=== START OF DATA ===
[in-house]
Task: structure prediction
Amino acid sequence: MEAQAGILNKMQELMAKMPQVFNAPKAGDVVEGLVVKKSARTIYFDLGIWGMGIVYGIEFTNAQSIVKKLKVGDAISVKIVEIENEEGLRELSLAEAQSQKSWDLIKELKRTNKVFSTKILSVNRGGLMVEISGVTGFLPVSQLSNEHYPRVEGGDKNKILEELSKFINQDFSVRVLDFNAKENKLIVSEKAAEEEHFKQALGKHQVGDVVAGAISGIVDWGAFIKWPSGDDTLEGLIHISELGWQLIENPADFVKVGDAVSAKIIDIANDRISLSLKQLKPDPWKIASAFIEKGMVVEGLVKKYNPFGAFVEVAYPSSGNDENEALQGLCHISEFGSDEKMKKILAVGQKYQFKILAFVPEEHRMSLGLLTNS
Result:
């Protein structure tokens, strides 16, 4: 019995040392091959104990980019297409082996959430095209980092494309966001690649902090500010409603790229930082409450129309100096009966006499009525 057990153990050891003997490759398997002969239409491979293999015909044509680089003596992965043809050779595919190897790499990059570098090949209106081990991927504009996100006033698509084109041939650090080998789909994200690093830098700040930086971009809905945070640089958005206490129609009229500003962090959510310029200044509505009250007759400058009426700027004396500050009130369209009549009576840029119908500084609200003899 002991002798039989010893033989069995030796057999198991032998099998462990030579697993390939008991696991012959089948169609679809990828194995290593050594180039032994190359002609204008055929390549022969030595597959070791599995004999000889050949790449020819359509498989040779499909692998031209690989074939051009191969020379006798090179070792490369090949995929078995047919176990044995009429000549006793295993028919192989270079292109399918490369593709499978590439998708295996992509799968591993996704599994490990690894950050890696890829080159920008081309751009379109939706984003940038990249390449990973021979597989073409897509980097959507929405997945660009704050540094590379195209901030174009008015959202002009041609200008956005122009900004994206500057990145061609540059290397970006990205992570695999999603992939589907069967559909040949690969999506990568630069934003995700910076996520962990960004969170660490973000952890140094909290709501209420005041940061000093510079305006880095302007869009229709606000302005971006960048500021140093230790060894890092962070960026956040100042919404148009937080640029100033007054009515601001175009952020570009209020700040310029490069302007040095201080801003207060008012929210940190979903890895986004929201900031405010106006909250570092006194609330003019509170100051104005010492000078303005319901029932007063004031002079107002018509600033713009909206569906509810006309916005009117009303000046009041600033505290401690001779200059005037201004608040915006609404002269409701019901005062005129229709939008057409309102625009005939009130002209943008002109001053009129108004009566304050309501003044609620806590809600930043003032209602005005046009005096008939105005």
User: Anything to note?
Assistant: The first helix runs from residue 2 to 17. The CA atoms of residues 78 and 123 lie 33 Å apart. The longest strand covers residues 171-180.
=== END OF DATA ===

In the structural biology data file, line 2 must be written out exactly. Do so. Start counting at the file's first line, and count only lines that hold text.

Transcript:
Task: structure prediction